DEATH BY NICK: The Mets did not add a backup catcher in the offseason, figuring that defensive-oriented Mike Nickeas was a good option for the club. Everyone has good things to say about Nickeas but the results have just not been there. The Mets are 5-8 with Nickeas as a starter and the pitching staff has a 5.42 ERA with him behind the plate. Offensively, he has been as bad as feared, as he has a .179/.289/.231 line in 46 PA. Meanwhile, Kelly Shoppach, who was available as a free agent in the offseason and who signed for less than half the money of Rauch, has a .265/.368/.469 line and is a solid righty bat.

AFTERNOON DELIGHT: R.A. Dickey takes the mound for the Mets today as they square off in a 1:10 start against the Reds. The Mets are 10-5 in day games this year, with Dickey notching three of those wins.

5 Responses to Mets Notes: Unlucky Santana, 2011 v 2012, Nickeas’ defense

  1. Bobby Townsend
    May 17, 2012 at 11:36 am

    Bad bullpen and lack of run support in most of Santana’s starts.

  2. Metsense
    May 17, 2012 at 1:41 pm

    As long as the Mets are playing competitive baseball, the future is now and results matter.
    Re Davis: I agree, a AAA trip may be helpful and an immediate call-up when he gets straightened out.
    Re Turner: With the addition of Cedeno he is expendable.Turner is an NL average secondbaseman that some team should need. He is a major leaguer.
    Re Duda: if Davis goes down, and Duda goes to first, then the defense and offense may be overall better with this alignment.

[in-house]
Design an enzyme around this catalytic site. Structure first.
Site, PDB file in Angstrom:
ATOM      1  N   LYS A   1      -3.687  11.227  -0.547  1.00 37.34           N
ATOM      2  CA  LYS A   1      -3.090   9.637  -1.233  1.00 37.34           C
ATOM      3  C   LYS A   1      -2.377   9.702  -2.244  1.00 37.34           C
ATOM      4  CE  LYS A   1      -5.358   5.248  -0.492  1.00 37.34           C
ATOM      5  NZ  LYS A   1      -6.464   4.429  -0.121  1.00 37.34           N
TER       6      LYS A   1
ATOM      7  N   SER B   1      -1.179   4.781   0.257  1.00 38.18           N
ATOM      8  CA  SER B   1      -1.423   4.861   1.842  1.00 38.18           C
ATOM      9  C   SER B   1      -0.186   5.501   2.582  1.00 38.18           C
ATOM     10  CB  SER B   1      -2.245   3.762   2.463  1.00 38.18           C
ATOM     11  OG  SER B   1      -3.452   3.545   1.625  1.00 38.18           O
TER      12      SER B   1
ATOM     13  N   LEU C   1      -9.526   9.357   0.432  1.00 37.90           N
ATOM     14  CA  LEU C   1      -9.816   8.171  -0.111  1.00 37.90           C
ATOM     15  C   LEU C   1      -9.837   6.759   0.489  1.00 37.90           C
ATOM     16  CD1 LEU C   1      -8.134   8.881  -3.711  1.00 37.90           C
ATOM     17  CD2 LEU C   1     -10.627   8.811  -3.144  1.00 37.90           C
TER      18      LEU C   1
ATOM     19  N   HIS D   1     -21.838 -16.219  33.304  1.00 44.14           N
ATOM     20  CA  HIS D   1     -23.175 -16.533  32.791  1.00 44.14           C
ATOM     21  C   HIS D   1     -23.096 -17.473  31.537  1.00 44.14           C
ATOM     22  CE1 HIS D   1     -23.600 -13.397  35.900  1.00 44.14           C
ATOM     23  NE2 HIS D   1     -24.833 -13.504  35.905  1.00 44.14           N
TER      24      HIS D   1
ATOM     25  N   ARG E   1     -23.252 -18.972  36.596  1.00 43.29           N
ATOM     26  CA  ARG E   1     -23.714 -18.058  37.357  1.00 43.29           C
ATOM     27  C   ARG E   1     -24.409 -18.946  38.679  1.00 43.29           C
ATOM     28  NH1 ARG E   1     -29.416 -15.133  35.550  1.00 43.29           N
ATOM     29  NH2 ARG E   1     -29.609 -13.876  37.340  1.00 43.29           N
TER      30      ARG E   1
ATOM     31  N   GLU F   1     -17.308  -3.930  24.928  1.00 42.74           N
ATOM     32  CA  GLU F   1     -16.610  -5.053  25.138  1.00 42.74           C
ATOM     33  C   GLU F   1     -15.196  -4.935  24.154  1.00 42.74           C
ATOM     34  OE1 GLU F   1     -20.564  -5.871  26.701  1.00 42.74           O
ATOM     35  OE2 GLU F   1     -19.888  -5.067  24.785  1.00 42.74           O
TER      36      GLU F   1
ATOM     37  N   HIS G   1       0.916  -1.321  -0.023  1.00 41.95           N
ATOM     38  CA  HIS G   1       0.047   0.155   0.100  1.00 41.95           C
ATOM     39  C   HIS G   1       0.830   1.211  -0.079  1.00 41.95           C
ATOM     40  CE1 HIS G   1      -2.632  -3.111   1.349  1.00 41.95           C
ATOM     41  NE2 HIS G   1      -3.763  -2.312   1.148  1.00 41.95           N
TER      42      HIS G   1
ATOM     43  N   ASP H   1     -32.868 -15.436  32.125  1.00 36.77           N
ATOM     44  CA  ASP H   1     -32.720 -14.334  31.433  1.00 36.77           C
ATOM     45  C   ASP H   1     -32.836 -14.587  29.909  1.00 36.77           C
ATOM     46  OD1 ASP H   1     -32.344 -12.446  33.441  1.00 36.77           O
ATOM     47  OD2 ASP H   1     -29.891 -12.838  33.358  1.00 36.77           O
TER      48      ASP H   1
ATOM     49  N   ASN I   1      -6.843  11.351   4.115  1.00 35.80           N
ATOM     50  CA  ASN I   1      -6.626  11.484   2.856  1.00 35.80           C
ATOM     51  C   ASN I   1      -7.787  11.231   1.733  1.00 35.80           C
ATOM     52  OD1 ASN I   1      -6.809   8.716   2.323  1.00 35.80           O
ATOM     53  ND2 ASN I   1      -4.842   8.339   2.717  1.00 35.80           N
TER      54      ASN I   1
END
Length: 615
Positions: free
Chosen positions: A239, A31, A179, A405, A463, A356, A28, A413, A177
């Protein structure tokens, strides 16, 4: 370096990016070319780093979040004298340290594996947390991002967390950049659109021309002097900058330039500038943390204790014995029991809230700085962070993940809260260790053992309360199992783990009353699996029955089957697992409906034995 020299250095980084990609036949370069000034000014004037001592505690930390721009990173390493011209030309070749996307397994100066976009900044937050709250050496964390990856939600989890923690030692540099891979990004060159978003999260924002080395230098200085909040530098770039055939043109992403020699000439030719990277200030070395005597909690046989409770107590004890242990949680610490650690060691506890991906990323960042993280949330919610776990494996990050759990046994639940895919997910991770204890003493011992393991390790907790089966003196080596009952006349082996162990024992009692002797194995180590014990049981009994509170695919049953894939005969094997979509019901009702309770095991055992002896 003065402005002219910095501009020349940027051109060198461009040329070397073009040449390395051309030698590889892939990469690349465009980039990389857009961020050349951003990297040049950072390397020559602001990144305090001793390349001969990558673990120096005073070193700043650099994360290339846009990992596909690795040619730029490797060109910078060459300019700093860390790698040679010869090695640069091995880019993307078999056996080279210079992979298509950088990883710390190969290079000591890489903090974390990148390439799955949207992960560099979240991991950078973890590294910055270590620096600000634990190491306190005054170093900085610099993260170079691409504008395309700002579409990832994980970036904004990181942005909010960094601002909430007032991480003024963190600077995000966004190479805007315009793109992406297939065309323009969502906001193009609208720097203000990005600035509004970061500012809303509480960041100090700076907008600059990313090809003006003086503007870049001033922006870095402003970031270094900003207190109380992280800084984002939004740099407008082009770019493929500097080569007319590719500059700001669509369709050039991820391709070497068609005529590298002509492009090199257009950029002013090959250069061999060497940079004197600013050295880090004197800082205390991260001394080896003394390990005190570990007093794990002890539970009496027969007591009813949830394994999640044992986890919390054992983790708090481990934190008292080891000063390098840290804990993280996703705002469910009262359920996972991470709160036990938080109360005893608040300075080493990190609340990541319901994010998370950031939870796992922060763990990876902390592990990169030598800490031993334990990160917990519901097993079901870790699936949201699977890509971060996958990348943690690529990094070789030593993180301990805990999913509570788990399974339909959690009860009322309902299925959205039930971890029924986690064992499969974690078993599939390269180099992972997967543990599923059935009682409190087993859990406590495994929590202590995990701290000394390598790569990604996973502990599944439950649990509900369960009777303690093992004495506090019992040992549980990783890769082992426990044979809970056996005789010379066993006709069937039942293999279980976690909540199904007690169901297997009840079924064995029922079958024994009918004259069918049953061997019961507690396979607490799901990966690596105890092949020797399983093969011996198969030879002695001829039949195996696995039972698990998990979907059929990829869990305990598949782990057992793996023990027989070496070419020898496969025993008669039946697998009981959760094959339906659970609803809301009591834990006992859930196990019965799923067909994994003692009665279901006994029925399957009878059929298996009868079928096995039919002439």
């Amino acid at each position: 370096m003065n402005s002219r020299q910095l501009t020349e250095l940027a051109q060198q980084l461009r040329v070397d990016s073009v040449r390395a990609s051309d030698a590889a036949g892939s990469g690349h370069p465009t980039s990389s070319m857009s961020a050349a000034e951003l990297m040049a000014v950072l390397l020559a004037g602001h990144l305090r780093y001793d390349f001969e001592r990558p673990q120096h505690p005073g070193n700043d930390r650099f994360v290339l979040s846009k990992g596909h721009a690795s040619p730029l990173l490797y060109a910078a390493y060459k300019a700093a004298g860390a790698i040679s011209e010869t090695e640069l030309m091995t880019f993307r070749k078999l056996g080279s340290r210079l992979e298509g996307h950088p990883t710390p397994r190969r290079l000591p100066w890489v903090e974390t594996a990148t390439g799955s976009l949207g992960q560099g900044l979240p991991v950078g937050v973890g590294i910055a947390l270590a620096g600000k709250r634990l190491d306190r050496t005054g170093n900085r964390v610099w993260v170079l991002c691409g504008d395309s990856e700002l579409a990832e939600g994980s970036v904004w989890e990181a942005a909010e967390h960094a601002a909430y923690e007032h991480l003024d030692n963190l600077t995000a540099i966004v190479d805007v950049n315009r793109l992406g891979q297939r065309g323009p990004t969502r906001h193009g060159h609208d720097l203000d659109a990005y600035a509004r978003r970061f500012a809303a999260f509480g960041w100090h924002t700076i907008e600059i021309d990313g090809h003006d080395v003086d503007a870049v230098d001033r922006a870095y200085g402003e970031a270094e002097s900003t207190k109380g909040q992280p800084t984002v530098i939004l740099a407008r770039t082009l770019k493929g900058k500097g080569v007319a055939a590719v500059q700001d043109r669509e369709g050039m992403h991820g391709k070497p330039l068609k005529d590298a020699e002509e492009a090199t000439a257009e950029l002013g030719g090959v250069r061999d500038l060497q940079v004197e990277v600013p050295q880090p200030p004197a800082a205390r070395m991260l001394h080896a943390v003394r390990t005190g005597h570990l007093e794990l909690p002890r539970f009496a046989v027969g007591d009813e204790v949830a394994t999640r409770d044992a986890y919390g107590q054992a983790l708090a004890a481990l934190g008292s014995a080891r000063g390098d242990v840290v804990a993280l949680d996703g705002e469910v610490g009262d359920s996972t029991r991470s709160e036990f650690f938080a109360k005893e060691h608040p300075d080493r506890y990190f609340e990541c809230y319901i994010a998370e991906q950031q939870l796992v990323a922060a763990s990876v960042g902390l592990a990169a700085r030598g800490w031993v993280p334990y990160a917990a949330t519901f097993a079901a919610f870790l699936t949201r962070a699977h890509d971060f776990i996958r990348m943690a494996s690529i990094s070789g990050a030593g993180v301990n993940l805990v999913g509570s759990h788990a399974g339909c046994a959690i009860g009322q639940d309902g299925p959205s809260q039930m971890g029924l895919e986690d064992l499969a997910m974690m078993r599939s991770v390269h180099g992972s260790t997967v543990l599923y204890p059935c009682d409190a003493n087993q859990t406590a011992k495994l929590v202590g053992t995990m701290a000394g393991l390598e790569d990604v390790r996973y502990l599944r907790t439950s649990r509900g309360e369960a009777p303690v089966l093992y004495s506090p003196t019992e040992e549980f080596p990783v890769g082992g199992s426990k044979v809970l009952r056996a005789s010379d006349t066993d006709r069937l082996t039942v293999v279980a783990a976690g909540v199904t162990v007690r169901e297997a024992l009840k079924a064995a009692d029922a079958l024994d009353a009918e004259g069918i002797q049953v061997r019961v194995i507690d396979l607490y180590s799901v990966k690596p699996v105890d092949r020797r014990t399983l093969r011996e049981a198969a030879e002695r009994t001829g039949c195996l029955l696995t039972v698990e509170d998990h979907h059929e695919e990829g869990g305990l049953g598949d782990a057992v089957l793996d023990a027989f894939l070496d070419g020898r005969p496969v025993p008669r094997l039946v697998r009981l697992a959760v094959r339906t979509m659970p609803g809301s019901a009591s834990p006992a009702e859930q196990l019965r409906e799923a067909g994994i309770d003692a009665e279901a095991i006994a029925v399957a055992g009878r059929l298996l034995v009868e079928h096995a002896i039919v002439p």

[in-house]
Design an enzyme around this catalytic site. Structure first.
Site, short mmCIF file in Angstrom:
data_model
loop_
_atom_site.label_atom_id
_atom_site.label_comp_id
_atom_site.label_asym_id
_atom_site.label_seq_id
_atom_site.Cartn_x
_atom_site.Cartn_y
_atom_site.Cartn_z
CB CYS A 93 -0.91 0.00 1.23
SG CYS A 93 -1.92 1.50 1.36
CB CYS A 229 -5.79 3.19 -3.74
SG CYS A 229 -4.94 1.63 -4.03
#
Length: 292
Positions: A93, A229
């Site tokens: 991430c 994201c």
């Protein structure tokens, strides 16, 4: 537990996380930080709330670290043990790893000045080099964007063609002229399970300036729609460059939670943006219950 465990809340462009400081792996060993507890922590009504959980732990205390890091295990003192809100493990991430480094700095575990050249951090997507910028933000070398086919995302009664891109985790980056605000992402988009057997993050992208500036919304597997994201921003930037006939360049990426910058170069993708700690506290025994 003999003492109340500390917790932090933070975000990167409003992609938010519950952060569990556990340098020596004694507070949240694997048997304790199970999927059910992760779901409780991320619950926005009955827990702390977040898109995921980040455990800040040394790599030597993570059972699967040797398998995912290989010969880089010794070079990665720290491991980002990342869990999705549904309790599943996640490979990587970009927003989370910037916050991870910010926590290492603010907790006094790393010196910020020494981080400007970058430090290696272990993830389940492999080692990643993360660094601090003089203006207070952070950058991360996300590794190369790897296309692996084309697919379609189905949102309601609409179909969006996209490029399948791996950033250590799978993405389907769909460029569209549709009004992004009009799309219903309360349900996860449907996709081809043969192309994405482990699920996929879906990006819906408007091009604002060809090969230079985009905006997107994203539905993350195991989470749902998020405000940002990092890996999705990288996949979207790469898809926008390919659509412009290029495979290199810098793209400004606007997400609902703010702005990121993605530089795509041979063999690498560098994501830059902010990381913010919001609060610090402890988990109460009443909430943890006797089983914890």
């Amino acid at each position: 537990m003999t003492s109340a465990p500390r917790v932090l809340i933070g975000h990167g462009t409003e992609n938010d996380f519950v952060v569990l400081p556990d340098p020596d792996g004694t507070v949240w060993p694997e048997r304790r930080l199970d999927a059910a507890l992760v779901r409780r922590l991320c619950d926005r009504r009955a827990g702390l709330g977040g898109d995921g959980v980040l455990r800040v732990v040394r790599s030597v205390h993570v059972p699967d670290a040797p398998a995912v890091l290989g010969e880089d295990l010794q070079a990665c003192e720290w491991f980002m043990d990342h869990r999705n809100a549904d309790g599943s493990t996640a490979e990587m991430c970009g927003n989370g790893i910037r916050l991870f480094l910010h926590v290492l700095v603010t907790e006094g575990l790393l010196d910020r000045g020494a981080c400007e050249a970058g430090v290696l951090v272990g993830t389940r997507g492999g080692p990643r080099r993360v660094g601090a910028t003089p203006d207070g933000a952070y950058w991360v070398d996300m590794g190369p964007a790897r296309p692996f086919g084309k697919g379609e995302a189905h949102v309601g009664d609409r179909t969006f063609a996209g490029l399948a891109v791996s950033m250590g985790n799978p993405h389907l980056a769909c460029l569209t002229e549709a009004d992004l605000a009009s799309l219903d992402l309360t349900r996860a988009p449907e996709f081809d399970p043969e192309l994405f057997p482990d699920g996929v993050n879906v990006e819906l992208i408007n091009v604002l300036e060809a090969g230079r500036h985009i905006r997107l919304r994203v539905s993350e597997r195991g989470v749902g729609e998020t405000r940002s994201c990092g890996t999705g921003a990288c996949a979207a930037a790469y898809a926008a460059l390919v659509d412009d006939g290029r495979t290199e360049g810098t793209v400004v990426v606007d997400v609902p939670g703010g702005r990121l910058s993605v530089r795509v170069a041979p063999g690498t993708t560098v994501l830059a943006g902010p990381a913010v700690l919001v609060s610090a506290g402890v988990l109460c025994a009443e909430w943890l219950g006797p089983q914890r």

Re Nickeas: Shoppach is living proof that the Mets had no excess money this winter.
    Re Santana: He is an ace but is any pitcher worth 23M a year? Would it be better to have two 12M pitchers instead? I truly don’t know the answer to that question.

    • May 17, 2012 at 1:47 pm

      Thanks Metsense.

      I’m writing this after watching Nickeas strike out again. The Mets had the money to sign Shoppach but they opted to spend more than twice that amount on Jon Rauch. I thought it was a mistake then and nothing I’ve seen from either player so far makes me feel differently.

      • Metsense
        May 17, 2012 at 3:35 pm

        We both agree on Shoppach and Rauch.The Mets were proactive and signed both Fransisco and Rauch before the reliever market was established and actually overpaid for both. At the time they probably thought jumping in early was the thing to do and would save them money.I would have signed Dotel instead of Rauch.It took $12MM to sign Fransisco. Given that relievers such as Chad Qualls, Takashi Saito, LaTroy Hawkins signed for $3MM or less, $12MM seems like a lot for Francisco. Two of these instead would have hedged their bets. I know you don’t believe in closer by committee (I call it closer by hot hand)but was Fransisco a true closer for his career? With so many changes in closers for teams in 2012, maybe more GM will reevaluate this role in the future.

        • May 18, 2012 at 8:50 am

          I don’t think it’s fair to compare the money in Francisco’s two-year contract to the dollars in one-year deals for Qualls, Saito and Hawkins. Francisco got two years because he’s both younger and a better pitcher than those three.

          In Hawkins’ two years as a closer, he had a 76% (2001) and 74% (2004) save percentage. Francisco, even with his recent stumbles, has an 82% save percentage this year. I believe that number will be higher at the end of the season.

          As a baseball fan, I would like nothing more than to see teams change how they use their bullpens – not just how they manage for saves. But when that change comes, it will be from a manager with juice – someone like Jim Leyland. There’s not many GMs with that juice. Sandy Alderson is most likely one who could do it and he still thinks the current setup is the optimal one.